Published on October 16th, 2011 | by Zachary Shahan4
Food — Not for Everyone
October 16th, 2011 by Zachary Shahan
- our current and growing food crisis
- the important link between global warming and food insecurity or climate change and food safety
- the important link between peak oil and rising food prices (and starvation and political unrest and so on)
- the horrors of factory farming (and its relationship to climate change)
Or, I could write on simple ways you can green your food.
But, for some reason, I don’t feel enthusiastic about delving into those topics today. Maybe it is due to the global consciousness focusing more on this issue today. Maybe it is due to the overwhelming sadness that comes with thinking about all those starving children and adults around the world.
The fact of the matter is: people die every day because they don’t have enough food…
Can that change? Of course,.. in theory.
Will that change? Well, we can hope and do our best to keep one more person fed, but with the trajectory we’re on (with climate change, peak oil, agribusiness, monopoly of seeds, wealth distribution, and so on), I’m feeling a little less than hopeful today.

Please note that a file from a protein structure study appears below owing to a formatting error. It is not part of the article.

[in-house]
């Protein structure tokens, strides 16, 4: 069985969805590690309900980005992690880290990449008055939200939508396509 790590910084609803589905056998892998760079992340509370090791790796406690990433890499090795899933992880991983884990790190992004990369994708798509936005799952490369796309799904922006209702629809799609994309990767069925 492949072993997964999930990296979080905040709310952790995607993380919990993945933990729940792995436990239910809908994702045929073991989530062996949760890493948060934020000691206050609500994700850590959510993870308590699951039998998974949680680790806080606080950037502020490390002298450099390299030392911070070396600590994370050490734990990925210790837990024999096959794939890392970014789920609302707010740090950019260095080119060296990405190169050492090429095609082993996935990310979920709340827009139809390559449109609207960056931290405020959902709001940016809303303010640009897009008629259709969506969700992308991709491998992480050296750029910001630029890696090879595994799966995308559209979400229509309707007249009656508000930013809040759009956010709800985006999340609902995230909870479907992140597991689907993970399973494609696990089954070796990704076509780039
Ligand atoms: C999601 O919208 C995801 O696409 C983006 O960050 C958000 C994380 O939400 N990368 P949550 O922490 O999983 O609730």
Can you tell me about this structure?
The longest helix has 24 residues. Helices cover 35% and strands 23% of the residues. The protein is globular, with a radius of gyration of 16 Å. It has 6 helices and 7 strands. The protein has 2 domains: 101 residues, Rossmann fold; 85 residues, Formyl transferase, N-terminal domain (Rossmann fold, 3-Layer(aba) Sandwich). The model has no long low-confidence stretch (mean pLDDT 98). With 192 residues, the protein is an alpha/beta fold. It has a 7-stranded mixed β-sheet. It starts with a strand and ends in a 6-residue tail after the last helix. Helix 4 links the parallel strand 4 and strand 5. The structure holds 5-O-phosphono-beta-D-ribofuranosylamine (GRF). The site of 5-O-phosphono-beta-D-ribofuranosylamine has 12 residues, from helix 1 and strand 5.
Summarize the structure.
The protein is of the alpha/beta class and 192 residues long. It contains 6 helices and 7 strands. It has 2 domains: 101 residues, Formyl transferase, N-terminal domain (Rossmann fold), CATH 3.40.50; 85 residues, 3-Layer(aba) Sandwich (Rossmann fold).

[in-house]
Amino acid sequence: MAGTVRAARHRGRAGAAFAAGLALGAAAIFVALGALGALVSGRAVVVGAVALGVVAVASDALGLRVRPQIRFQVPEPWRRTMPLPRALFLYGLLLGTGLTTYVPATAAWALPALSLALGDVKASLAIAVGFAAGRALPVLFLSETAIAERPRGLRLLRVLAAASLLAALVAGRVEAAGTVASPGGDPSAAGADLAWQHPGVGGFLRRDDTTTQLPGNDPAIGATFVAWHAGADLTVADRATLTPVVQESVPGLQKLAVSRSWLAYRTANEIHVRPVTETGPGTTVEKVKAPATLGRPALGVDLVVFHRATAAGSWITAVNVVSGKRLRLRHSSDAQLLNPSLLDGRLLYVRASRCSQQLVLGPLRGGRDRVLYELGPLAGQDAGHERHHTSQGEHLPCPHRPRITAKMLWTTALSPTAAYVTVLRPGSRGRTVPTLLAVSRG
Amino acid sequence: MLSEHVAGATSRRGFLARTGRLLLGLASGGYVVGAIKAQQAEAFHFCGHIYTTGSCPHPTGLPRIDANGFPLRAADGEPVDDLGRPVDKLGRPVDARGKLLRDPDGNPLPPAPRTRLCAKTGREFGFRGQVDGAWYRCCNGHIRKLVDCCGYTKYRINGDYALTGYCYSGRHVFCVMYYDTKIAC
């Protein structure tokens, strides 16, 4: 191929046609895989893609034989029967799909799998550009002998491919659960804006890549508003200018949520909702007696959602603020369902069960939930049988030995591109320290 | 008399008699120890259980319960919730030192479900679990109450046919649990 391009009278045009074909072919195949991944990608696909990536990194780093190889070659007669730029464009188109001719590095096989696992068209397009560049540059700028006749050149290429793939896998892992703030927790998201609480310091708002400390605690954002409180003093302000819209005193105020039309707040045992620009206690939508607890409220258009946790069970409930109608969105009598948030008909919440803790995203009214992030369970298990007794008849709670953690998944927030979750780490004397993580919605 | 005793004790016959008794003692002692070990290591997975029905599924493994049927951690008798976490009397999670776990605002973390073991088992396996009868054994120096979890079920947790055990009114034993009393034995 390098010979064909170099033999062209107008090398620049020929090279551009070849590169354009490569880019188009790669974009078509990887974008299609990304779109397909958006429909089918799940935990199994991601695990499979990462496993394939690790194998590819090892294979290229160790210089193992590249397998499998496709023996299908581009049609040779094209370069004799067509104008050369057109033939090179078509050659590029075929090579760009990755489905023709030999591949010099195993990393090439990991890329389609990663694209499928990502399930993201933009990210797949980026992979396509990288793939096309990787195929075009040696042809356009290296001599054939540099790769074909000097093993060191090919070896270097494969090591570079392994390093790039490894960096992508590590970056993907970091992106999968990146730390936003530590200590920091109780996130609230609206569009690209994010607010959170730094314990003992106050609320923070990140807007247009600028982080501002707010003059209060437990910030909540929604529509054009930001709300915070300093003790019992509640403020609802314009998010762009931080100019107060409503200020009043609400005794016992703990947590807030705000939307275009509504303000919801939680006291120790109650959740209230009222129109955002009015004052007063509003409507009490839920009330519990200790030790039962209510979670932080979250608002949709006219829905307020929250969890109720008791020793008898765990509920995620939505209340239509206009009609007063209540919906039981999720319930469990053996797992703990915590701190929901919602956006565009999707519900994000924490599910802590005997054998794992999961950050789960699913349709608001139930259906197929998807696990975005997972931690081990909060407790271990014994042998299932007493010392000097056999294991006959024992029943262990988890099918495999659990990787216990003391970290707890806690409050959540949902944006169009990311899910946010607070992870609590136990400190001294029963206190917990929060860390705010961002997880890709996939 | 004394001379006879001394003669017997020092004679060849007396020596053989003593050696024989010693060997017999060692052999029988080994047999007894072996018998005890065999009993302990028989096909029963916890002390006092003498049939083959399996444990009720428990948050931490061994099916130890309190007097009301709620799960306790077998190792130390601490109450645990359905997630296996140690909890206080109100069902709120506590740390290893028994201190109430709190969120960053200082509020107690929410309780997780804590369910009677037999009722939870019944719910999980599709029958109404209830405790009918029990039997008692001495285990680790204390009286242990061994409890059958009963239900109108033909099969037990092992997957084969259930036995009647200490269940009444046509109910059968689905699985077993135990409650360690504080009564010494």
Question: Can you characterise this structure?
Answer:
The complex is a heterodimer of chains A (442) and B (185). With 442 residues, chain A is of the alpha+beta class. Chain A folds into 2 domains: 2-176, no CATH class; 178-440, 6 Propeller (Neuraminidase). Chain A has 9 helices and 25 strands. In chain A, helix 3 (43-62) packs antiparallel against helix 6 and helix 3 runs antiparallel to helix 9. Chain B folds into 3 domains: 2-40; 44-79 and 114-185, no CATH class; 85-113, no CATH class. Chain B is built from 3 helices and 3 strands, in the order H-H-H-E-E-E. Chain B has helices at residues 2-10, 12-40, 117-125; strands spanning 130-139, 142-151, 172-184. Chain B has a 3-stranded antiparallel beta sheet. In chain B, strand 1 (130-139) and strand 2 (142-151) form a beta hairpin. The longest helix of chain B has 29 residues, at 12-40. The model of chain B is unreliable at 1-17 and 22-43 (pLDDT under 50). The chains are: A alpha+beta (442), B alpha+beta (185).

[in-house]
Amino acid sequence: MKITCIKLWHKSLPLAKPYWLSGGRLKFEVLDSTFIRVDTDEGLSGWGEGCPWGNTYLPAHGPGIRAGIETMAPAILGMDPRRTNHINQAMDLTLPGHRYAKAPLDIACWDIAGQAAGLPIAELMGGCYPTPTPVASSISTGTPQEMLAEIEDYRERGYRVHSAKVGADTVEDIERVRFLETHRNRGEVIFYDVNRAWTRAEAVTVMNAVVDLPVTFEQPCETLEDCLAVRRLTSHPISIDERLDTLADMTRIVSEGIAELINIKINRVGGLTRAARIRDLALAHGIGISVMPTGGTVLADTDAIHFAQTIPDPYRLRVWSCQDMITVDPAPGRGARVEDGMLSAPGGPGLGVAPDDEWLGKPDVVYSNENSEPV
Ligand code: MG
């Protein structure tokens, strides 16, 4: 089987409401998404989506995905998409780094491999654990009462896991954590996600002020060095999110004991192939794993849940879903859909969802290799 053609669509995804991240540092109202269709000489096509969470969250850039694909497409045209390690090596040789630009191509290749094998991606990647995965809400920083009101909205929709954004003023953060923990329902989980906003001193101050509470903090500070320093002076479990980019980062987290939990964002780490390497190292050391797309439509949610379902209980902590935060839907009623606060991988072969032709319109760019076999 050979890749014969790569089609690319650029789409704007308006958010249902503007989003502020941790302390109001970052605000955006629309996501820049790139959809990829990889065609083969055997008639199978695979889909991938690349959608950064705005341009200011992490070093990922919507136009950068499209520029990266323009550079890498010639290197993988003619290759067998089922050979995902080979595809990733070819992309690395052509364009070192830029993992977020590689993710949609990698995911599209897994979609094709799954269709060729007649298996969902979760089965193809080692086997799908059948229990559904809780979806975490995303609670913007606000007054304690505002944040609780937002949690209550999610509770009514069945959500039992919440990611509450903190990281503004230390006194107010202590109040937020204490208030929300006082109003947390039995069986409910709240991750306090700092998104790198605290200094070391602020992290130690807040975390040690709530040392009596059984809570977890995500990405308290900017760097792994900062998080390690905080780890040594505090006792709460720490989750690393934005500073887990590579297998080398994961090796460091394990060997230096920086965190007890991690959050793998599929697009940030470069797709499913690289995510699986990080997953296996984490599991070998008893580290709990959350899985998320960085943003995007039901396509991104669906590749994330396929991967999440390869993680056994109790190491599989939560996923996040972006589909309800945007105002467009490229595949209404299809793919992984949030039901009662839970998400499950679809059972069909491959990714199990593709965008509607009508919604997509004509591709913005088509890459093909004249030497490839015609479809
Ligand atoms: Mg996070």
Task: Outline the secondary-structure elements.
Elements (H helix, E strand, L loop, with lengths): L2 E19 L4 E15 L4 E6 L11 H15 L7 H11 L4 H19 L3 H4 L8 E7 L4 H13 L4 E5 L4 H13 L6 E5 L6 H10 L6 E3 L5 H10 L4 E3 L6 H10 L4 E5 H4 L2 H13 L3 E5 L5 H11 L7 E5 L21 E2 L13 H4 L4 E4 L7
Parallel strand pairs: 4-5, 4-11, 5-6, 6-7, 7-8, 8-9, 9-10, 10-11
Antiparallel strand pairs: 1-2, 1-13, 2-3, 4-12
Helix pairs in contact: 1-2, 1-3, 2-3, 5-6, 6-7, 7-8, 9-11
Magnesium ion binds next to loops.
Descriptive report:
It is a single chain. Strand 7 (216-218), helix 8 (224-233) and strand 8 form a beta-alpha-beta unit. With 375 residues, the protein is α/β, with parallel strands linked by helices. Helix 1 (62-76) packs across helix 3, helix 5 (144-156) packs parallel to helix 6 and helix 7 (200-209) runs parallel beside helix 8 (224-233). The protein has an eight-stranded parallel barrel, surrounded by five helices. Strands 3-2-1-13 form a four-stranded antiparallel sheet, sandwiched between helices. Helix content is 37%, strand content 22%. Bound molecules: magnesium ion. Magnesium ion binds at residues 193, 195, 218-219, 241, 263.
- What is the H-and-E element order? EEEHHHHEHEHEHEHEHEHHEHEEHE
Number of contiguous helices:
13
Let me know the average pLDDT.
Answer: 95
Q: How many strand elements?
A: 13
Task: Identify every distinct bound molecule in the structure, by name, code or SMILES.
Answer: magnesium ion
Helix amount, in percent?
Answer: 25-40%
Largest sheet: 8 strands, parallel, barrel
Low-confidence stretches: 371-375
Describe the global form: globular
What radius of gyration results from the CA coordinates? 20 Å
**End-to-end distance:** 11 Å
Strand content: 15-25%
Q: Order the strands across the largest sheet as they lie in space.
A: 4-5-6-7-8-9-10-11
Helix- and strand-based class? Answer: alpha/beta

It is a sad matter, and there’s no way around that.
Obviously, the above is all important. But it is also important that we do our best to help others, that we do our best to feed others who don’t have the means, who weren’t lucky enough to be born into a rich family or society.
Which organization out there do you recommend we support, give money to, volunteer with?
There are many, and this isn’t my area of expertise, so I’d love someone to chime in here.
And beyond the 5-minute task of donating money or the more involved task of volunteering, I guess it really should be emphasized what we can and should do in our daily lives to address global warming, peak oil, and world hunger:
- Use clean, green transportation
- Eat vegetarian or vegan
- Use clean power like solar and wind
- Don’t buy what we don’t need
More ideas? More thoughts?
Photo Credits: wallyg (on flickr) and Centers for Disease Control and Prevention/Dr. Lyle Conrad (on Wikipedia)
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